Members of Congress who served still working to extricate those stranded in Afghanistan
“Leaving any American citizen behind is unacceptable," Sen. Mark Kelly, D-Ariz., says.
In the hours after the last U.S. soldier boarded a plane to depart Afghanistan, members of Congress remained in contact with Americans and their allies still seeking to leave the country.
U.S. Sen. Mark Kelly, a freshman Arizona Democrat, said Tuesday morning that he’s grateful for the 800,000 service members who had served in the war-torn country over the last two decades. He added that his office is still in communication with some in Afghanistan.
“I will continue working to assist Americans and Afghan partners trying to leave Afghanistan,” the former U.S. Navy captain said. “Leaving any American citizen behind is unacceptable, and I will keep pushing this administration to do everything in its power to get our people out.”
U.S. Rep. Ruben Gallego, a Phoenix Democrat and Operation Iraqi Freedom veteran who served in the Marine Corps, struck a dire tone Saturday in describing his office’s efforts to help those stuck in Afghanistan.
“I don’t pray often but I am now. I am trying to get people out of Afghanistan,” he said. “If you can add this to your prayer card tonight I would appreciate it.”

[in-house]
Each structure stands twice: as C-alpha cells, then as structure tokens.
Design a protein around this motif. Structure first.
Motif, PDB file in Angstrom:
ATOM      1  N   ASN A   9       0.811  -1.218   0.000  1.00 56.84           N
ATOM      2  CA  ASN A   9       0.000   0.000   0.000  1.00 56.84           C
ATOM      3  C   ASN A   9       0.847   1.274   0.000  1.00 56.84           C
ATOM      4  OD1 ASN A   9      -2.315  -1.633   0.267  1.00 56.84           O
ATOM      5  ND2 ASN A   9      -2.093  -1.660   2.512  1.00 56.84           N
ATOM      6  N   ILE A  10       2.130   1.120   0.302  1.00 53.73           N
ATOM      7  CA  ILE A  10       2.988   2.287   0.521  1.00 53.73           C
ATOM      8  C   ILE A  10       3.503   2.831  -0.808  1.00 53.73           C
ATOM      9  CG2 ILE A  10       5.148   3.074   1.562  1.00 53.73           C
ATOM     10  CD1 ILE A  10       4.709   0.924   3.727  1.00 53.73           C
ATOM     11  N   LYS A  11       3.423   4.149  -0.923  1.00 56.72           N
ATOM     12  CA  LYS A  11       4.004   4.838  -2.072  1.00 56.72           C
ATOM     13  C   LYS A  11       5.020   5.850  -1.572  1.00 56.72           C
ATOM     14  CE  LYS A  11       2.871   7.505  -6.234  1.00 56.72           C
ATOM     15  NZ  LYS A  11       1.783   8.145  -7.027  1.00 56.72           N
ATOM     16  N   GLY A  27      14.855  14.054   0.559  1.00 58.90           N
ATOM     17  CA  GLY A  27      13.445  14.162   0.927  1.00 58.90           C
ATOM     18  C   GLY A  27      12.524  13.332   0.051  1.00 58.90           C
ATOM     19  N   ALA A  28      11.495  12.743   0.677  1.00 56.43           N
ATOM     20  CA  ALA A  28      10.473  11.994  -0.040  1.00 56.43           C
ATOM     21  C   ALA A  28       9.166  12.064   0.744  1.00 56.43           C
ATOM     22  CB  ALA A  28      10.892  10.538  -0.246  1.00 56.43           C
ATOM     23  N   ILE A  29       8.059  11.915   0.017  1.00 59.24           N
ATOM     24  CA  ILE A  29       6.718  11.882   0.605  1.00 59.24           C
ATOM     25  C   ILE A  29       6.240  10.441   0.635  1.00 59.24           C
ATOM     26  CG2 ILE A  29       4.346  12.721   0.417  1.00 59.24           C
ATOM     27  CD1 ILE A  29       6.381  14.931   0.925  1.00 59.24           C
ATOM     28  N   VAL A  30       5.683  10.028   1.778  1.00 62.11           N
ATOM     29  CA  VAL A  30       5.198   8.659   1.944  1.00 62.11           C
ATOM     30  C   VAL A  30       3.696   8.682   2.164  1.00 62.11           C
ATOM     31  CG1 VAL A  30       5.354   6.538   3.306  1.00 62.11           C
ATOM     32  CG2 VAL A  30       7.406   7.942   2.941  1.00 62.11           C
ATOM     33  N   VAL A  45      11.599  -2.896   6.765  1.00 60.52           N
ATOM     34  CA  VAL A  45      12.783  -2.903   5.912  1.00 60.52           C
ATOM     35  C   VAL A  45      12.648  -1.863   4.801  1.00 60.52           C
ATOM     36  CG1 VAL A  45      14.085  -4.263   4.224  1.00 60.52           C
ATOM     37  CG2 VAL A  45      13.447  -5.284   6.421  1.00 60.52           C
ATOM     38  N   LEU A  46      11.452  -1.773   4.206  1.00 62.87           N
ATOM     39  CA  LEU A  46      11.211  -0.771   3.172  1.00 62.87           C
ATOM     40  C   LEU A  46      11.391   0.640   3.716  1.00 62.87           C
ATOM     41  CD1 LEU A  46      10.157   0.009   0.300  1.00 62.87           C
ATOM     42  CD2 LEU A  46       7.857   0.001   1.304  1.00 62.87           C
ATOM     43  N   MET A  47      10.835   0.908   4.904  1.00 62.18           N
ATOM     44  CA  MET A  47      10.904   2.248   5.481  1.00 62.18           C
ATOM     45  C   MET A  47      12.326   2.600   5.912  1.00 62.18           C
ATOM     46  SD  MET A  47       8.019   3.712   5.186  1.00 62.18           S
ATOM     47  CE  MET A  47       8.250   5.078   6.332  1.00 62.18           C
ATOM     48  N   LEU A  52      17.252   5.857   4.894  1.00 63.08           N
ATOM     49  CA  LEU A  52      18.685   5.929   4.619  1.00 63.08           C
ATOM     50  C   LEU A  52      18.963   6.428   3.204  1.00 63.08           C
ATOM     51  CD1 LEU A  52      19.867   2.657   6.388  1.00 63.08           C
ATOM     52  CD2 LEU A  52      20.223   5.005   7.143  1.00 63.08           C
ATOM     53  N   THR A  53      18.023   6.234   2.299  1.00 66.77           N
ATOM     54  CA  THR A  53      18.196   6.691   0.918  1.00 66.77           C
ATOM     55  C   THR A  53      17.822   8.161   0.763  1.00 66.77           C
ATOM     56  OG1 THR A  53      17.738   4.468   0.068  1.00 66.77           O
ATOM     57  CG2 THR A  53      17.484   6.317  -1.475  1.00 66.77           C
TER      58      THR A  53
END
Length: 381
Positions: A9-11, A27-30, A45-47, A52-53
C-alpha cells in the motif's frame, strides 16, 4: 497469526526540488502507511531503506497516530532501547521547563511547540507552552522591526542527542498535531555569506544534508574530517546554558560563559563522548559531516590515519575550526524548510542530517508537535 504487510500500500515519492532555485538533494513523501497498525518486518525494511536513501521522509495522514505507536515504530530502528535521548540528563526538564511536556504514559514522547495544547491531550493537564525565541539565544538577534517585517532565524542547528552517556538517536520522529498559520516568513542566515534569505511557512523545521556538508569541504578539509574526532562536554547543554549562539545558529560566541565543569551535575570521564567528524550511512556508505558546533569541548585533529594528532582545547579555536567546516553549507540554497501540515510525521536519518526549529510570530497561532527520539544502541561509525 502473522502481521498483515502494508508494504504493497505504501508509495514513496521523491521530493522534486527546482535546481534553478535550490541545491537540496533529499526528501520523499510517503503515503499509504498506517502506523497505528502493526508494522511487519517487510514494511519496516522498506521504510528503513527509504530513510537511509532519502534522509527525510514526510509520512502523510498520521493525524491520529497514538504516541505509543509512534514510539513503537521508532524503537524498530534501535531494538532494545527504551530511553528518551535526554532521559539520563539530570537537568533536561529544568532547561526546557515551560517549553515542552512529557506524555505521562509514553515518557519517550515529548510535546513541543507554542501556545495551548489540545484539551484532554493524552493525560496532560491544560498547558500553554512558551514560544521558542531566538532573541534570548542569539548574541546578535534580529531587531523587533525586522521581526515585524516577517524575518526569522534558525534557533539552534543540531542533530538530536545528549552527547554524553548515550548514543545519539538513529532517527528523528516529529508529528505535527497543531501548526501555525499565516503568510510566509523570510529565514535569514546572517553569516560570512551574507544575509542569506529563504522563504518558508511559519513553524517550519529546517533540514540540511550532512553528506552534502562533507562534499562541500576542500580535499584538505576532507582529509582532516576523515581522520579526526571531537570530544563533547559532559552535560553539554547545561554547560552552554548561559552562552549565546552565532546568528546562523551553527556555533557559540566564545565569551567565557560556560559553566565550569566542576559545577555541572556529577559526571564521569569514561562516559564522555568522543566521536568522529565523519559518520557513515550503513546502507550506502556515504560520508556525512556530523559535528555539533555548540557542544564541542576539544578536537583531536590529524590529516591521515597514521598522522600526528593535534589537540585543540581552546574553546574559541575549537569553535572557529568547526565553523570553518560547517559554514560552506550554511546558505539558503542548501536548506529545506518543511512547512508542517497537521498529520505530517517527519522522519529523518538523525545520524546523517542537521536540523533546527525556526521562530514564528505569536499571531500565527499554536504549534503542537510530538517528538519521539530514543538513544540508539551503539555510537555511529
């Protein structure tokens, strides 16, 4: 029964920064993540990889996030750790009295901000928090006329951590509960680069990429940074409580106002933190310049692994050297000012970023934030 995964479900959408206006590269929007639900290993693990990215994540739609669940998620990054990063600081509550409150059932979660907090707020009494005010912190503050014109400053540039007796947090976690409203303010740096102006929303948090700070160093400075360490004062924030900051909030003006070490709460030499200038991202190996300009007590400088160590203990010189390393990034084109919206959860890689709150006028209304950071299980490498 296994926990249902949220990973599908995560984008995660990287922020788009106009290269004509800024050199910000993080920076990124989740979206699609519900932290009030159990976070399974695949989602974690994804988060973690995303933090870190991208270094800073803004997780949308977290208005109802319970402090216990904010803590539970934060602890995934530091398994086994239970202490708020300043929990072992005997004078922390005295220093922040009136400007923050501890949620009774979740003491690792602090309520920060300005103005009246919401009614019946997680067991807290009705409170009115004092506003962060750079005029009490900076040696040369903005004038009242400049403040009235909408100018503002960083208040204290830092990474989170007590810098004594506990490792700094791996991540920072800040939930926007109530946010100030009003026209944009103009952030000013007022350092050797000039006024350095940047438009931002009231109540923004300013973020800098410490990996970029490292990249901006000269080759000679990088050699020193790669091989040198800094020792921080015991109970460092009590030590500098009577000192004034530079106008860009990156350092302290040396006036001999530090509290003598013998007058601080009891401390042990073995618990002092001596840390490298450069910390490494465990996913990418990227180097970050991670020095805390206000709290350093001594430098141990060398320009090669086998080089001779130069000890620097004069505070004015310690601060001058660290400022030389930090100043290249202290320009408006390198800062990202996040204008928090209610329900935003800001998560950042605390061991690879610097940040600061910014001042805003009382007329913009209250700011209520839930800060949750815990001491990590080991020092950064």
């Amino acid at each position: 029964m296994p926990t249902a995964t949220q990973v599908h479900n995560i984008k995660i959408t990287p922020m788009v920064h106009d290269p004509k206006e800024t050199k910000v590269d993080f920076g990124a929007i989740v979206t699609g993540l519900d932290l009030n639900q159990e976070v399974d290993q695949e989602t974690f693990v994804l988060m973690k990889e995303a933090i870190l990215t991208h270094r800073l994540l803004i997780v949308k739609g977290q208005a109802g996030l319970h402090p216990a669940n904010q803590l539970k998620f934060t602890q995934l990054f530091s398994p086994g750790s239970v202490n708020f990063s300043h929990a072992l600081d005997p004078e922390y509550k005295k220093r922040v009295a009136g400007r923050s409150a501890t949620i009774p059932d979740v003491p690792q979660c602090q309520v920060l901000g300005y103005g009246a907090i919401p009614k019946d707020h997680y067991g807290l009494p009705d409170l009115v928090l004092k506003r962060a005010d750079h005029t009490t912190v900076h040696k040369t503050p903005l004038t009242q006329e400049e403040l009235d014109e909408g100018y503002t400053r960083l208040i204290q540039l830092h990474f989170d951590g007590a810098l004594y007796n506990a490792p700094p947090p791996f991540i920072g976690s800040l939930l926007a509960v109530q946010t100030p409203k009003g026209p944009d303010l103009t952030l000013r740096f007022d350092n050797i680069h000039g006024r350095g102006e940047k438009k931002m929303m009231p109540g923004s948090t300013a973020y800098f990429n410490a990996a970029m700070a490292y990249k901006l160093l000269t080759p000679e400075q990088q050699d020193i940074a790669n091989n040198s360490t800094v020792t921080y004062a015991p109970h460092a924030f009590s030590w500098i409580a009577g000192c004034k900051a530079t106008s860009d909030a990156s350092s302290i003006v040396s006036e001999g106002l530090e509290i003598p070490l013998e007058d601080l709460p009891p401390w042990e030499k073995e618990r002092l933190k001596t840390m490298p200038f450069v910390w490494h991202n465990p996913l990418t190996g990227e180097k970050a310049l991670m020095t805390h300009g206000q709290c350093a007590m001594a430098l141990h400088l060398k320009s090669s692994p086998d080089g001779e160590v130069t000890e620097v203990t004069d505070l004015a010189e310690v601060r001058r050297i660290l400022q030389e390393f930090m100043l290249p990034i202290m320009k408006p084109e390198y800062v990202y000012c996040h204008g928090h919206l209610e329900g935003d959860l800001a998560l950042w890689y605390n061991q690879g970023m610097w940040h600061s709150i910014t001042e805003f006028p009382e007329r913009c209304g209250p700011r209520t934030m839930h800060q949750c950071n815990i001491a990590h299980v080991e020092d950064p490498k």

U.S. Rep. Mike Garcia, R-Calif., said Sunday night that his office had maintained contact with some of the stranded Americans.
“My office continues to work around the clock to evacuate multiple American citizen families that are stuck in Afghanistan,” the former Navy fighter pilot tweeted. “Sadly, the Taliban is turning them away.”
Rep. Mike Waltz, a Florida Republican and former U.S. Army Green Beret, said Tuesday his office was still receiving messages from Americans outside of the gates of Hamid Karzai International Airport and that others are stepping up to get them aid.
“Congressional staff, along with veterans groups on their own time and their own dime, have had to step into this void,” Waltz told FOX News Tuesday.
New Jersey Democratic Rep. Andy Kim, who worked for Gen. David Petraeus in Afghanistan, offered several steps the U.S. could take to help get those stranded to safety, including working with other countries to run Hamid Karzai International Airport.
“In the coming days and weeks we will undoubtedly see a drop in media coverage on Afghanistan, but let us commit to keeping up our attention for those still in harm’s way,” he said. “We still have more work to do.”
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